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Sarah Brown: Good had to come out of death of premature daughter Jennifer

Sarah Brown has said it is "very uplifting" to know research that stemmed from the death o f her baby daughter helped save a grandchild of Labour leader John Smith.

The wife of former prime minister Gordon Brown told the Daily Mirror that losing 10-day-old Jennifer after she was born at 33 weeks in 2002 was a "very intense time".

She set up charity PiggyBankKids (now Theirworld) , which established the Jennifer Brown Research Laboratory (JBRL) at the University of Edinburgh in 2004.

The JBRL looked at ways to help premature babies thrive, including research into how much oxygen should be given to babies in incubators.

Almost 15 years later, the research helped to save the life of Ella McConnachie - the granddaughter of the late Labour chief who counted Mr Brown as one of his closest political colleagues.

Ella's mother, Catherine Smith, told the paper: "What Gordon and Sarah have done is the most extraordinary gift. They've given us our daughter."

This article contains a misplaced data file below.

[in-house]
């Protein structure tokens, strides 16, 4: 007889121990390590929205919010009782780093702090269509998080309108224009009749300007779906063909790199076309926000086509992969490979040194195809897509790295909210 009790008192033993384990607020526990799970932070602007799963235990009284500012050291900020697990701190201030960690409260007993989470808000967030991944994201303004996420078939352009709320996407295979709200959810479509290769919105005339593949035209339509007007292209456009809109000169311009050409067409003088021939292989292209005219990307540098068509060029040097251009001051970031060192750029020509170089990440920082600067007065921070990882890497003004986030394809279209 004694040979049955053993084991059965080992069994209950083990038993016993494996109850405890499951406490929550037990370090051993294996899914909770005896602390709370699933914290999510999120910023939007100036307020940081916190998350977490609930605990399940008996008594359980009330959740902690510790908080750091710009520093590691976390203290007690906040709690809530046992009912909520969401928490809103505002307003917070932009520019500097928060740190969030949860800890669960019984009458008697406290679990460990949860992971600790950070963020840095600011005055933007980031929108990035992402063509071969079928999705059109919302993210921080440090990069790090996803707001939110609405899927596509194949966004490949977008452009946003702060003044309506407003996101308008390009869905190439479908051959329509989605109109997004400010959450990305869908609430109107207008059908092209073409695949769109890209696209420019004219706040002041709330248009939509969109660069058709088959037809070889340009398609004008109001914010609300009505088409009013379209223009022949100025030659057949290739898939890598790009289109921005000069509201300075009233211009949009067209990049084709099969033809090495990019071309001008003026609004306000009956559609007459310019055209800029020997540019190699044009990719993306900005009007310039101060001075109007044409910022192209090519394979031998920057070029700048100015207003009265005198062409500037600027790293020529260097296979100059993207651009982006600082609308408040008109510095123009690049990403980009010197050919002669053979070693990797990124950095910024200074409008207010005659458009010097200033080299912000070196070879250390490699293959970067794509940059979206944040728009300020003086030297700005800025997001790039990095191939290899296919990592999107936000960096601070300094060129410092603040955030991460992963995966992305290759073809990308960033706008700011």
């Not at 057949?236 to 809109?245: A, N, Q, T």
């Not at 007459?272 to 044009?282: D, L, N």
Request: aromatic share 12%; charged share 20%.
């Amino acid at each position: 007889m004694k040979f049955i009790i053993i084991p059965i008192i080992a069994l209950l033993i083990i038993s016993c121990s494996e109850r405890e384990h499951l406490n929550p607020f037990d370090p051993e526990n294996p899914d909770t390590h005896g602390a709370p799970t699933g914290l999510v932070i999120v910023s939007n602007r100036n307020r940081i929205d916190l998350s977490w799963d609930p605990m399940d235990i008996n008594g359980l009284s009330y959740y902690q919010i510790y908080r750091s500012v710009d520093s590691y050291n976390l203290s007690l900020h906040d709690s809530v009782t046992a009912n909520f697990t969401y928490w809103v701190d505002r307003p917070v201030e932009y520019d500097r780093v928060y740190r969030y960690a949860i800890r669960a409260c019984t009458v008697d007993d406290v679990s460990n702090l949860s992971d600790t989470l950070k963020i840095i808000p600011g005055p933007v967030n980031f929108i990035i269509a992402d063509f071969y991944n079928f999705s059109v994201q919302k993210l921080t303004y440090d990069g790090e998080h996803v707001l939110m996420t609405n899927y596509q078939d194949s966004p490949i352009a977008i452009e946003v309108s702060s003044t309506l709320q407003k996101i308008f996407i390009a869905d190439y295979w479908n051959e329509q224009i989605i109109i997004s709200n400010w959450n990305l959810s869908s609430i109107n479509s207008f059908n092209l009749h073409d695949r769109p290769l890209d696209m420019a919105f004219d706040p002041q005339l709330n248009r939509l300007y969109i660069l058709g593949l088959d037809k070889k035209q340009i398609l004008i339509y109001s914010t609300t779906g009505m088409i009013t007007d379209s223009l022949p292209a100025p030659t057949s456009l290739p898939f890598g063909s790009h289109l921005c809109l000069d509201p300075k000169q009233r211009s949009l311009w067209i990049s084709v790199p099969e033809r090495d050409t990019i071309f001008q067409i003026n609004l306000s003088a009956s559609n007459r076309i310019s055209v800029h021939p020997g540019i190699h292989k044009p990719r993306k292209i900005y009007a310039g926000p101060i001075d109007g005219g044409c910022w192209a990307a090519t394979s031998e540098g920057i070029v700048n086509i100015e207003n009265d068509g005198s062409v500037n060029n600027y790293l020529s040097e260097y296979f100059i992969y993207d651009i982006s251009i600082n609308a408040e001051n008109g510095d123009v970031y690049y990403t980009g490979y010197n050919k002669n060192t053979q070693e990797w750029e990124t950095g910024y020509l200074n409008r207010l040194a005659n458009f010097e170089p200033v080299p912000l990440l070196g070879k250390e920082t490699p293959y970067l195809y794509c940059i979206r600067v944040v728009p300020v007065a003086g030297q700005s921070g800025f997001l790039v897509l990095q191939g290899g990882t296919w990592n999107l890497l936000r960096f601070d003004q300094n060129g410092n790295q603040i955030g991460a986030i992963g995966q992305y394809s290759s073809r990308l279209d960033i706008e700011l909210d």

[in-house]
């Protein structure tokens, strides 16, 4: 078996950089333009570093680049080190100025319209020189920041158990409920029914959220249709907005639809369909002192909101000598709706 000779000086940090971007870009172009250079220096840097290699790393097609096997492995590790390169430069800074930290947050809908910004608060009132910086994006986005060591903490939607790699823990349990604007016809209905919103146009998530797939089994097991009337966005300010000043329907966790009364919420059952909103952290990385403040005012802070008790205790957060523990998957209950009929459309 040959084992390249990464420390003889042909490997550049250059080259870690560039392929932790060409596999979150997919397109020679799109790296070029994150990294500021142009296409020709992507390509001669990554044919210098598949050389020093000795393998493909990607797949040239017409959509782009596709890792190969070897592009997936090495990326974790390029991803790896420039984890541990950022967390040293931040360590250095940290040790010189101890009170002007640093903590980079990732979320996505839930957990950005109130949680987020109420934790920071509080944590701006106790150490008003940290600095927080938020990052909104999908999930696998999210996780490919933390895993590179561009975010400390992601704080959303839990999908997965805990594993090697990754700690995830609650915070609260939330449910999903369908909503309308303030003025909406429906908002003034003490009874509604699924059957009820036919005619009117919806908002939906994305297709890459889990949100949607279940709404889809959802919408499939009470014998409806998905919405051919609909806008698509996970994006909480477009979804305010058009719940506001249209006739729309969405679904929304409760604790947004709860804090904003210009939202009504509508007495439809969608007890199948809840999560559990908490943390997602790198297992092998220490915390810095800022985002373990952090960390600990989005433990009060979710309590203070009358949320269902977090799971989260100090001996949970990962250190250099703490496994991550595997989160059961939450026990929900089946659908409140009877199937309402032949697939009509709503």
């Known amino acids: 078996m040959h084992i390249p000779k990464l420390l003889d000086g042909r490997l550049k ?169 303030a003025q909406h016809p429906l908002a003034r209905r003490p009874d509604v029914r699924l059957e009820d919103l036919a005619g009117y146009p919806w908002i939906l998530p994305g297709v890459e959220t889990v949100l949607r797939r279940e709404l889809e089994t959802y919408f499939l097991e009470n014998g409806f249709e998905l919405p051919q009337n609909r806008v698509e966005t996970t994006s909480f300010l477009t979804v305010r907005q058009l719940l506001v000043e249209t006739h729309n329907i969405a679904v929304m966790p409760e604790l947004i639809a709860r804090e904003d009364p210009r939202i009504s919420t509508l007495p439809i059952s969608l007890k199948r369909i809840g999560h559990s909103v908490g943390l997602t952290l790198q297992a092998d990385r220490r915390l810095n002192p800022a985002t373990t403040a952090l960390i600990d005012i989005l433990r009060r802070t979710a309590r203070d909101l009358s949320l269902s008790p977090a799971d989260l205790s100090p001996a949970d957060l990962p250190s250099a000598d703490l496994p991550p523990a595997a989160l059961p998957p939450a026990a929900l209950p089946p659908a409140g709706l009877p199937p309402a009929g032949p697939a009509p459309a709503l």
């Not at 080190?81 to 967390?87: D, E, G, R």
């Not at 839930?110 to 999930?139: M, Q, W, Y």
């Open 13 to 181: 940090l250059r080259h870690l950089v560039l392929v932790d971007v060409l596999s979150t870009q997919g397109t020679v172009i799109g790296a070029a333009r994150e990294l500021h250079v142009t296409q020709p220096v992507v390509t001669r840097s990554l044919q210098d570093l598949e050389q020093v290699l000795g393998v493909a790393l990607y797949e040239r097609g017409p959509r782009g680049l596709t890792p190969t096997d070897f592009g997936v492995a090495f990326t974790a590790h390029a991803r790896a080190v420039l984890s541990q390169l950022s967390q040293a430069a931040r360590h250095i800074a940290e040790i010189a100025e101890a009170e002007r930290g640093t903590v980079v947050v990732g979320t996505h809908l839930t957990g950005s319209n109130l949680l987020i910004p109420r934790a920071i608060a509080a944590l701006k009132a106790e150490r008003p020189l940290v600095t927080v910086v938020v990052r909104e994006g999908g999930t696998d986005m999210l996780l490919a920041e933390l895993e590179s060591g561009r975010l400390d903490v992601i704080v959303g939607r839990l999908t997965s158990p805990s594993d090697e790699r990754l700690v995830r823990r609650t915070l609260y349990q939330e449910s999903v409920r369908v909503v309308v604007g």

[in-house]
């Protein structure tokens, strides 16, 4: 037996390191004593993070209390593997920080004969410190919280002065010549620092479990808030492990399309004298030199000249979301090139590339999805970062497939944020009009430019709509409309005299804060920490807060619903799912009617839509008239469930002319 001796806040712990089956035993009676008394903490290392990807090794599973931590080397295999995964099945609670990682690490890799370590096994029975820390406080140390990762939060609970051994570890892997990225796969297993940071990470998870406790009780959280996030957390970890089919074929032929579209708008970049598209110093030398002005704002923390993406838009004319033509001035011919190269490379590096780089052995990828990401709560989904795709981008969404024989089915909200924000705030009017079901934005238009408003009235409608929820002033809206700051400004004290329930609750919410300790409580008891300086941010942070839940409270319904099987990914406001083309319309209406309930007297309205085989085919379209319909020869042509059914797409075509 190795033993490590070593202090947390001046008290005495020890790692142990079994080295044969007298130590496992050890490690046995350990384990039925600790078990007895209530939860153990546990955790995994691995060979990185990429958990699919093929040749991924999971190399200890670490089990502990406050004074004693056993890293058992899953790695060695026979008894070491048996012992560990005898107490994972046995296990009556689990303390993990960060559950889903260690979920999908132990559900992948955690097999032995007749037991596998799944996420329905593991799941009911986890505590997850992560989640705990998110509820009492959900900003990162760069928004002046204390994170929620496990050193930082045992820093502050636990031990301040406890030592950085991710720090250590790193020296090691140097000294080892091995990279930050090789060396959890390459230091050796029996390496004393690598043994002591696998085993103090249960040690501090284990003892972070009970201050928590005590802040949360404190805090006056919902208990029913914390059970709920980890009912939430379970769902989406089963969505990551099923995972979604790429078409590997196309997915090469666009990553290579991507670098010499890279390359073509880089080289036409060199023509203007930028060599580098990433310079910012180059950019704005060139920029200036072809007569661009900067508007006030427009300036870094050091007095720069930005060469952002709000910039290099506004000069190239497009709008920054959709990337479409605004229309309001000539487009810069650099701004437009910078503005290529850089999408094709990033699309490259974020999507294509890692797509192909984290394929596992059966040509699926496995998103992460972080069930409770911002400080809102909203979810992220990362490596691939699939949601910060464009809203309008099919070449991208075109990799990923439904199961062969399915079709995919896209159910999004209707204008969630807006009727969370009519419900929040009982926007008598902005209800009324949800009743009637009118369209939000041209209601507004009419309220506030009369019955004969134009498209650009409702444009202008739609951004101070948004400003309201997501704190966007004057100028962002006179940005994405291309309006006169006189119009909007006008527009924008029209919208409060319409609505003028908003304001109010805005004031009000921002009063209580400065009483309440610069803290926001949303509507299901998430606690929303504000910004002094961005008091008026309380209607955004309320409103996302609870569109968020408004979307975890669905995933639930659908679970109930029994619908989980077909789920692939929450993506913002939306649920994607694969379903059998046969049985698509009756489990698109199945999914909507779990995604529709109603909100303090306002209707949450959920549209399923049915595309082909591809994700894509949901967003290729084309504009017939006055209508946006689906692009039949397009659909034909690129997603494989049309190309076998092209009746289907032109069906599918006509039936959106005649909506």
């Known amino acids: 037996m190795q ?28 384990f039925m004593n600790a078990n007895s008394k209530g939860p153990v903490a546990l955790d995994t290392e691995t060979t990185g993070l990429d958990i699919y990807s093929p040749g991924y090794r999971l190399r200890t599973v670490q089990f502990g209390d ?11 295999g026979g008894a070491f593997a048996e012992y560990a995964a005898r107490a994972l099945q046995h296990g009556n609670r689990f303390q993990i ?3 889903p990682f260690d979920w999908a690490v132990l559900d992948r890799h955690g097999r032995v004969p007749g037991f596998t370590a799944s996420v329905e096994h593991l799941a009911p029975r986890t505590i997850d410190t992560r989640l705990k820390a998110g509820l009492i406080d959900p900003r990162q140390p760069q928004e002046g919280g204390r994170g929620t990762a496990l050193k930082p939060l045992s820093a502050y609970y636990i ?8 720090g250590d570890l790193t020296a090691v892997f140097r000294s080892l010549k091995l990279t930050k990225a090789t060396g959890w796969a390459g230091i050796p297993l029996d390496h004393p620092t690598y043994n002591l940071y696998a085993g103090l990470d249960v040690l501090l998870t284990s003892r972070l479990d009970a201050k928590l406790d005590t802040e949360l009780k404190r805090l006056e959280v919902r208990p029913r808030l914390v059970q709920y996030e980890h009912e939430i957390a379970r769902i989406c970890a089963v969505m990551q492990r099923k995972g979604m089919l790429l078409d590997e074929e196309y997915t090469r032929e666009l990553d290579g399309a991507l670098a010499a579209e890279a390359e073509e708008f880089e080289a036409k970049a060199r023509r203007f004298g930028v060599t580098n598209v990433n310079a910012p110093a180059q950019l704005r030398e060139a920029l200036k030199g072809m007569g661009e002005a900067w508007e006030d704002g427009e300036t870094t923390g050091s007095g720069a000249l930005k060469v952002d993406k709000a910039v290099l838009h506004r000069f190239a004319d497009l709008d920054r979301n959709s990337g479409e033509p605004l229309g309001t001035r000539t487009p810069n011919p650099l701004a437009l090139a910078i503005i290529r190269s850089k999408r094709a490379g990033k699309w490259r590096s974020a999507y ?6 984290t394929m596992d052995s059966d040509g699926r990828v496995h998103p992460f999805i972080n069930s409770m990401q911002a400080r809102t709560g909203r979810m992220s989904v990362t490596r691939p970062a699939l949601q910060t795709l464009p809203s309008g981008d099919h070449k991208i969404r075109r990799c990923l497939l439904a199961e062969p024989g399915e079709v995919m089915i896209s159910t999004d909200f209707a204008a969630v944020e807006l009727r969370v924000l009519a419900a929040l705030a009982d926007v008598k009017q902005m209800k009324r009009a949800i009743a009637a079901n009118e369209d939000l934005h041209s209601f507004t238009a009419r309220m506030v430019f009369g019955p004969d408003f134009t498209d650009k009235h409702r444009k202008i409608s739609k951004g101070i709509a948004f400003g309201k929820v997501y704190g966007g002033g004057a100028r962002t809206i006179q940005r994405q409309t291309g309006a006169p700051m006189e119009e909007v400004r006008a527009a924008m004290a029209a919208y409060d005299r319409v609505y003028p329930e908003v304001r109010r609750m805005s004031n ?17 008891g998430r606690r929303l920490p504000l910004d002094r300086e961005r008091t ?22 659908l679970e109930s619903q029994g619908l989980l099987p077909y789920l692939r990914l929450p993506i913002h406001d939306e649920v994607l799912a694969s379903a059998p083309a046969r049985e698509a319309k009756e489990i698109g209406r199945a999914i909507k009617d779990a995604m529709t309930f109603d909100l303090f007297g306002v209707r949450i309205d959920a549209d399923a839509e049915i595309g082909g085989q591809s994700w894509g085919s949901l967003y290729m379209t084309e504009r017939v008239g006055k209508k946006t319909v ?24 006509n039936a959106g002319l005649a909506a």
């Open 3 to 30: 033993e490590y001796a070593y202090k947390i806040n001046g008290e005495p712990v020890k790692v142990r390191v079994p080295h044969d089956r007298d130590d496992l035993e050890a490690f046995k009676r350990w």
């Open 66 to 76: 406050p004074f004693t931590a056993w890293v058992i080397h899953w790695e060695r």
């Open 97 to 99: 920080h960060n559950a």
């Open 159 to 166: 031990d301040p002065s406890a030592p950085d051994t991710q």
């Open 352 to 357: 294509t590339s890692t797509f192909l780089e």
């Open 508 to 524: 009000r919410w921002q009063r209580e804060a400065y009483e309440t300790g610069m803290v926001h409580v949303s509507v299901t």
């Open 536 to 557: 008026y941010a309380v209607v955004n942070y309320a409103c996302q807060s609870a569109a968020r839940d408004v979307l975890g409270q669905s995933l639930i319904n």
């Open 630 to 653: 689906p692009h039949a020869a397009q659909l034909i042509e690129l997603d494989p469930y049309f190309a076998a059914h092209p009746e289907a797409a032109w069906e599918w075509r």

Ms Smith, from Dundee, had an emergency Caesarean section after developing HELLP syndrome, an aggressive form of pre-eclampsia.

Ella, now aged two, weighed 1lb 10oz and for weeks was kept in an incubator fitted with an oxygen level monitor, as part of JBRL's research.

Ms Smith said: "I wrote to Sarah to say, 'I want you to know how grateful I am. I can seen how your sadness is now helping Ella'.

"I could see the incredible care Ella was getting and she was going to survive, and all because of what Gordon and Sarah had done."

She said Ella's late grandfather would find it "incredibly moving what Gordon has done for our family".

Ms Smith is now working with Mr and Mrs Brown to raise awareness of JBRL's work.

Mrs Brown, 53, told the Mirror: "You don't wish this on anyone, and you certainly don't wish it on yourself, but I look for the good I can do, and ensure we contribute to a body of knowledge so more mysteries are unlocked and there are more possibilities for happy outcomes.

"It's very uplifting to know somebody has gone home with their baby thanks to the work of the lab created in Jennifer's memory.

"And this translates itself through to many other families who've also been able to take their babies home. To know if you can do good for one person it's enough. But if it can go beyond that then it's even better.

"And having a personal connection - as we do with Catherine and her family - to someone where the outcome has changed, is wonderful."

She added: "I'm very grateful for the two boys I do have. They make all the difference in the world, but neither Gordon nor I are ever going to forget Jennifer."

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